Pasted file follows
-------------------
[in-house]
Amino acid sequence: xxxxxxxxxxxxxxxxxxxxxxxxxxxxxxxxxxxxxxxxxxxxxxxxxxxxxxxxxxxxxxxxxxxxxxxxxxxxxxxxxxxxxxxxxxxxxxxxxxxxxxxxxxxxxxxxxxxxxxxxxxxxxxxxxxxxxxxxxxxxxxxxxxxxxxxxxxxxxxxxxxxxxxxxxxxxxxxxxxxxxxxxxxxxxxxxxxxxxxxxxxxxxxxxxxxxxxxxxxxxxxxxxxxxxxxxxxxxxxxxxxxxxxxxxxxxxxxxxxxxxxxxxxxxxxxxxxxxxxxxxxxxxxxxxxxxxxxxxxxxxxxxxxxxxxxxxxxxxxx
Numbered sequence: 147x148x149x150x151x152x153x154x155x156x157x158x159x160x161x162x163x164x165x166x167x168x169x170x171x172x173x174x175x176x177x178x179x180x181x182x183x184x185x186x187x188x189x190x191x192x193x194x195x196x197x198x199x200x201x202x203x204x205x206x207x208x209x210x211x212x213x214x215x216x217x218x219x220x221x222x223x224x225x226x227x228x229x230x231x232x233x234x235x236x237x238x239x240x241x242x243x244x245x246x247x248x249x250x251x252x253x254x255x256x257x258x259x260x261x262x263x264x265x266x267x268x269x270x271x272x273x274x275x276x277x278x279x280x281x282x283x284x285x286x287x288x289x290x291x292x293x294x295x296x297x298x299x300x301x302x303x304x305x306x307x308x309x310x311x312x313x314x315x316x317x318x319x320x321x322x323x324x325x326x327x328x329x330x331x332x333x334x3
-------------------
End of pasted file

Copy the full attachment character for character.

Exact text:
[in-house]
Amino acid sequence: xxxxxxxxxxxxxxxxxxxxxxxxxxxxxxxxxxxxxxxxxxxxxxxxxxxxxxxxxxxxxxxxxxxxxxxxxxxxxxxxxxxxxxxxxxxxxxxxxxxxxxxxxxxxxxxxxxxxxxxxxxxxxxxxxxxxxxxxxxxxxxxxxxxxxxxxxxxxxxxxxxxxxxxxxxxxxxxxxxxxxxxxxxxxxxxxxxxxxxxxxxxxxxxxxxxxxxxxxxxxxxxxxxxxxxxxxxxxxxxxxxxxxxxxxxxxxxxxxxxxxxxxxxxxxxxxxxxxxxxxxxxxxxxxxxxxxxxxxxxxxxxxxxxxxxxxxxxxxxx
Numbered sequence: 147x148x149x150x151x152x153x154x155x156x157x158x159x160x161x162x163x164x165x166x167x168x169x170x171x172x173x174x175x176x177x178x179x180x181x182x183x184x185x186x187x188x189x190x191x192x193x194x195x196x197x198x199x200x201x202x203x204x205x206x207x208x209x210x211x212x213x214x215x216x217x218x219x220x221x222x223x224x225x226x227x228x229x230x231x232x233x234x235x236x237x238x239x240x241x242x243x244x245x246x247x248x249x250x251x252x253x254x255x256x257x258x259x260x261x262x263x264x265x266x267x268x269x270x271x272x273x274x275x276x277x278x279x280x281x282x283x284x285x286x287x288x289x290x291x292x293x294x295x296x297x298x299x300x301x302x303x304x305x306x307x308x309x310x311x312x313x314x315x316x317x318x319x320x321x322x323x324x325x326x327x328x329x330x331x332x333x334x3